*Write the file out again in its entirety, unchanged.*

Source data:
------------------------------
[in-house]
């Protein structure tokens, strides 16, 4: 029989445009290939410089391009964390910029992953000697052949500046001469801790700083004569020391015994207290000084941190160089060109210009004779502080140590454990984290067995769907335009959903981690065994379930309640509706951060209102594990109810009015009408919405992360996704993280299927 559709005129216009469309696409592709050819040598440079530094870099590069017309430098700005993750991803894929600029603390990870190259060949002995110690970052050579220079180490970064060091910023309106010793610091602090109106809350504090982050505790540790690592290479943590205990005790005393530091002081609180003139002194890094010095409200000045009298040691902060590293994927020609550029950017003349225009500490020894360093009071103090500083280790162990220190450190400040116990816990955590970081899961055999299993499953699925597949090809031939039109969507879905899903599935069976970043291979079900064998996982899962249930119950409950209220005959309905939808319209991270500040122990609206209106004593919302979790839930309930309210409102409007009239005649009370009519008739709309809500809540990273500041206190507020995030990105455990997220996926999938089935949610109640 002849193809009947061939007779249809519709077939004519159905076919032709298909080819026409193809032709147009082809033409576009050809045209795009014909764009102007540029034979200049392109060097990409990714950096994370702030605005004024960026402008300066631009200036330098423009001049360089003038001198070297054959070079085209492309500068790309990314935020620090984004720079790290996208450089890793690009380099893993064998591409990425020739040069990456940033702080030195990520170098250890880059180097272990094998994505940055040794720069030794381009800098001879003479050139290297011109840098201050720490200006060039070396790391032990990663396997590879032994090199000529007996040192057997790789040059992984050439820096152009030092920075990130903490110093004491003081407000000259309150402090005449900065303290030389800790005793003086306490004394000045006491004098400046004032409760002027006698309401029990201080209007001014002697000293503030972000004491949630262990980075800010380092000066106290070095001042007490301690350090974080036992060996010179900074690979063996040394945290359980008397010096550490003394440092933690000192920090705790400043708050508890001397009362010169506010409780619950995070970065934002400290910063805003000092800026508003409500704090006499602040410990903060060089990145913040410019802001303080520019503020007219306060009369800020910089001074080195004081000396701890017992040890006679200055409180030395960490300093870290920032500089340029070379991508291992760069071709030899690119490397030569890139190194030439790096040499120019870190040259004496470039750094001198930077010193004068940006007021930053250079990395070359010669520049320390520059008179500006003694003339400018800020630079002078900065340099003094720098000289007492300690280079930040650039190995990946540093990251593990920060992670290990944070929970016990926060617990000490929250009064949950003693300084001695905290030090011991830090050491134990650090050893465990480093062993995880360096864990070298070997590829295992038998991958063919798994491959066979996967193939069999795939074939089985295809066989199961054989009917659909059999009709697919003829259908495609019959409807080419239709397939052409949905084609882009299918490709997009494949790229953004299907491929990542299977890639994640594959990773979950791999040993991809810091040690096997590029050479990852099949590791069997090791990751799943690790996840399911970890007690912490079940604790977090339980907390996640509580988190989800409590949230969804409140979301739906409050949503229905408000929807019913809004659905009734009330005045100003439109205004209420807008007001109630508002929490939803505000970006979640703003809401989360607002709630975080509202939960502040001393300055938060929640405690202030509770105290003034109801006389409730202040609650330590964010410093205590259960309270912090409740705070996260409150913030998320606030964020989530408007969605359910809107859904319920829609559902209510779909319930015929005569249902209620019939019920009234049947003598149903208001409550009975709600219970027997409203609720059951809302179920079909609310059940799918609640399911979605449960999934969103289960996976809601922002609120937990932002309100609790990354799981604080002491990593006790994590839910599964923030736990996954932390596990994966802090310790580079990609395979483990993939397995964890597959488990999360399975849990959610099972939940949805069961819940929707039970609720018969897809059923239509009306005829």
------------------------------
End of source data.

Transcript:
[in-house]
């Protein structure tokens, strides 16, 4: 029989445009290939410089391009964390910029992953000697052949500046001469801790700083004569020391015994207290000084941190160089060109210009004779502080140590454990984290067995769907335009959903981690065994379930309640509706951060209102594990109810009015009408919405992360996704993280299927 559709005129216009469309696409592709050819040598440079530094870099590069017309430098700005993750991803894929600029603390990870190259060949002995110690970052050579220079180490970064060091910023309106010793610091602090109106809350504090982050505790540790690592290479943590205990005790005393530091002081609180003139002194890094010095409200000045009298040691902060590293994927020609550029950017003349225009500490020894360093009071103090500083280790162990220190450190400040116990816990955590970081899961055999299993499953699925597949090809031939039109969507879905899903599935069976970043291979079900064998996982899962249930119950409950209220005959309905939808319209991270500040122990609206209106004593919302979790839930309930309210409102409007009239005649009370009519008739709309809500809540990273500041206190507020995030990105455990997220996926999938089935949610109640 002849193809009947061939007779249809519709077939004519159905076919032709298909080819026409193809032709147009082809033409576009050809045209795009014909764009102007540029034979200049392109060097990409990714950096994370702030605005004024960026402008300066631009200036330098423009001049360089003038001198070297054959070079085209492309500068790309990314935020620090984004720079790290996208450089890793690009380099893993064998591409990425020739040069990456940033702080030195990520170098250890880059180097272990094998994505940055040794720069030794381009800098001879003479050139290297011109840098201050720490200006060039070396790391032990990663396997590879032994090199000529007996040192057997790789040059992984050439820096152009030092920075990130903490110093004491003081407000000259309150402090005449900065303290030389800790005793003086306490004394000045006491004098400046004032409760002027006698309401029990201080209007001014002697000293503030972000004491949630262990980075800010380092000066106290070095001042007490301690350090974080036992060996010179900074690979063996040394945290359980008397010096550490003394440092933690000192920090705790400043708050508890001397009362010169506010409780619950995070970065934002400290910063805003000092800026508003409500704090006499602040410990903060060089990145913040410019802001303080520019503020007219306060009369800020910089001074080195004081000396701890017992040890006679200055409180030395960490300093870290920032500089340029070379991508291992760069071709030899690119490397030569890139190194030439790096040499120019870190040259004496470039750094001198930077010193004068940006007021930053250079990395070359010669520049320390520059008179500006003694003339400018800020630079002078900065340099003094720098000289007492300690280079930040650039190995990946540093990251593990920060992670290990944070929970016990926060617990000490929250009064949950003693300084001695905290030090011991830090050491134990650090050893465990480093062993995880360096864990070298070997590829295992038998991958063919798994491959066979996967193939069999795939074939089985295809066989199961054989009917659909059999009709697919003829259908495609019959409807080419239709397939052409949905084609882009299918490709997009494949790229953004299907491929990542299977890639994640594959990773979950791999040993991809810091040690096997590029050479990852099949590791069997090791990751799943690790996840399911970890007690912490079940604790977090339980907390996640509580988190989800409590949230969804409140979301739906409050949503229905408000929807019913809004659905009734009330005045100003439109205004209420807008007001109630508002929490939803505000970006979640703003809401989360607002709630975080509202939960502040001393300055938060929640405690202030509770105290003034109801006389409730202040609650330590964010410093205590259960309270912090409740705070996260409150913030998320606030964020989530408007969605359910809107859904319920829609559902209510779909319930015929005569249902209620019939019920009234049947003598149903208001409550009975709600219970027997409203609720059951809302179920079909609310059940799918609640399911979605449960999934969103289960996976809601922002609120937990932002309100609790990354799981604080002491990593006790994590839910599964923030736990996954932390596990994966802090310790580079990609395979483990993939397995964890597959488990999360399975849990959610099972939940949805069961819940929707039970609720018969897809059923239509009306005829």